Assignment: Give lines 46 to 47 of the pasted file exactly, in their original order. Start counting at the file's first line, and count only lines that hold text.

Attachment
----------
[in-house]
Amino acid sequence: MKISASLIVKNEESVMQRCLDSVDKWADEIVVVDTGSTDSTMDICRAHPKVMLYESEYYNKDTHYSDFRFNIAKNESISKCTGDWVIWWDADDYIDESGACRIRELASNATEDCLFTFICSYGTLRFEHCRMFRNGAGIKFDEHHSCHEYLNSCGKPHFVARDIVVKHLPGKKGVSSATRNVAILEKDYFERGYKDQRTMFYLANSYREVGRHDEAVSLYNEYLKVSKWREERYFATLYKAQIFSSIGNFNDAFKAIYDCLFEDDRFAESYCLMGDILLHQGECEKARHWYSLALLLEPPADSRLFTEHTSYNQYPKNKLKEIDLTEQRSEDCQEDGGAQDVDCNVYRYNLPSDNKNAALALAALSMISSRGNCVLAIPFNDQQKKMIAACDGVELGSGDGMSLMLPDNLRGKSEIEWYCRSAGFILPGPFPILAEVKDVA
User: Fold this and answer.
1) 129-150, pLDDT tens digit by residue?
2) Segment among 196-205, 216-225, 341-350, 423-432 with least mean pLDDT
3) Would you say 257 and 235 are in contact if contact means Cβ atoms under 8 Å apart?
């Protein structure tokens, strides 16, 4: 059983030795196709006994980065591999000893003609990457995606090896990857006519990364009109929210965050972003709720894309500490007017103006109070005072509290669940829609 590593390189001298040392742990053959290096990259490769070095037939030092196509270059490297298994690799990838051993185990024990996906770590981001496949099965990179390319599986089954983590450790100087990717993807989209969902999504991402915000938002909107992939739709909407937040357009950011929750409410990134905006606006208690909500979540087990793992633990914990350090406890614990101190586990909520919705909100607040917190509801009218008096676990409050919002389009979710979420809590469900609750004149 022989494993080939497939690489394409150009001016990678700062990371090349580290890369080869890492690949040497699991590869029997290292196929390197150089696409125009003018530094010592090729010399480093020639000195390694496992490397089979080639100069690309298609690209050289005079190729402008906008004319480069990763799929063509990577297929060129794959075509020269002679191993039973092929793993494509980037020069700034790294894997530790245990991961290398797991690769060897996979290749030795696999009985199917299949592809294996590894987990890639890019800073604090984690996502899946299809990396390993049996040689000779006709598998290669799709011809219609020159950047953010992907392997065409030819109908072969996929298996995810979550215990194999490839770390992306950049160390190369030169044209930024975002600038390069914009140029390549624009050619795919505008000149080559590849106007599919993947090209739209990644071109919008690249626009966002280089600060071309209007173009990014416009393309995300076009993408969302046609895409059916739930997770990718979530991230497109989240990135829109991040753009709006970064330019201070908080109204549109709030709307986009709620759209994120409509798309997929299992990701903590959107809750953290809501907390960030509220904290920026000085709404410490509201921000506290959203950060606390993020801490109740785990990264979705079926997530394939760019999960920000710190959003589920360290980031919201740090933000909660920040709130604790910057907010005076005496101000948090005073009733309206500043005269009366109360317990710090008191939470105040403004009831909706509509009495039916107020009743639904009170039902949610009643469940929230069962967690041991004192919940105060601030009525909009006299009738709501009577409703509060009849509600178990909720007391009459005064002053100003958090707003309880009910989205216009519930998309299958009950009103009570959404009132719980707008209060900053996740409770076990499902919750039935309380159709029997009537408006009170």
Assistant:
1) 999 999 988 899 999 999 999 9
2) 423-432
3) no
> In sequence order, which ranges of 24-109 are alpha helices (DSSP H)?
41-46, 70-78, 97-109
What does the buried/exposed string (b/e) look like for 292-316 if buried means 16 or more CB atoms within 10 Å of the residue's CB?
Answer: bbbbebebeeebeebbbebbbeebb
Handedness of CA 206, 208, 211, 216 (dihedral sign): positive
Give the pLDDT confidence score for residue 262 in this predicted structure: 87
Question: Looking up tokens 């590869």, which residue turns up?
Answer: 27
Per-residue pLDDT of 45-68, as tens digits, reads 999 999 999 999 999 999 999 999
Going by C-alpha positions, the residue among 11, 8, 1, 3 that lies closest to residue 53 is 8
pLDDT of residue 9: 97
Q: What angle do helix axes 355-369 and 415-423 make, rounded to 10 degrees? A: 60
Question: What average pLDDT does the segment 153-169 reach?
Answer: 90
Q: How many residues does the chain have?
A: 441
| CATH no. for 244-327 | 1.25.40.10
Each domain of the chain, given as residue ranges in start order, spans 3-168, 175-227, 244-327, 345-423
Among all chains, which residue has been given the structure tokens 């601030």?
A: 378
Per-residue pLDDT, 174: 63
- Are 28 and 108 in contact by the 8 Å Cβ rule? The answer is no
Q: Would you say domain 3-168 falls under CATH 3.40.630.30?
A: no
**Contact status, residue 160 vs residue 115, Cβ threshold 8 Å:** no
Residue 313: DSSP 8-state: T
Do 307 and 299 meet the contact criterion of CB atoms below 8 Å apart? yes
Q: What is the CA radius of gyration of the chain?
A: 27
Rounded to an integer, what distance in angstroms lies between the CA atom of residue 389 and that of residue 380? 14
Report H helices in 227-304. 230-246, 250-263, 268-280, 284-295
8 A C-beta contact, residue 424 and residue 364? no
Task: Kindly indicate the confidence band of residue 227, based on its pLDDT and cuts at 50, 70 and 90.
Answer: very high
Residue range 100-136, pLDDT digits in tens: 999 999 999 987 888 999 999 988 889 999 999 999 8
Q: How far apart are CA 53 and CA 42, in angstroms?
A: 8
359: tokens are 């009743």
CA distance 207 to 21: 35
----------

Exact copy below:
Residue range 100-136, pLDDT digits in tens: 999 999 999 987 888 999 999 988 889 999 999 999 8
Q: How far apart are CA 53 and CA 42, in angstroms?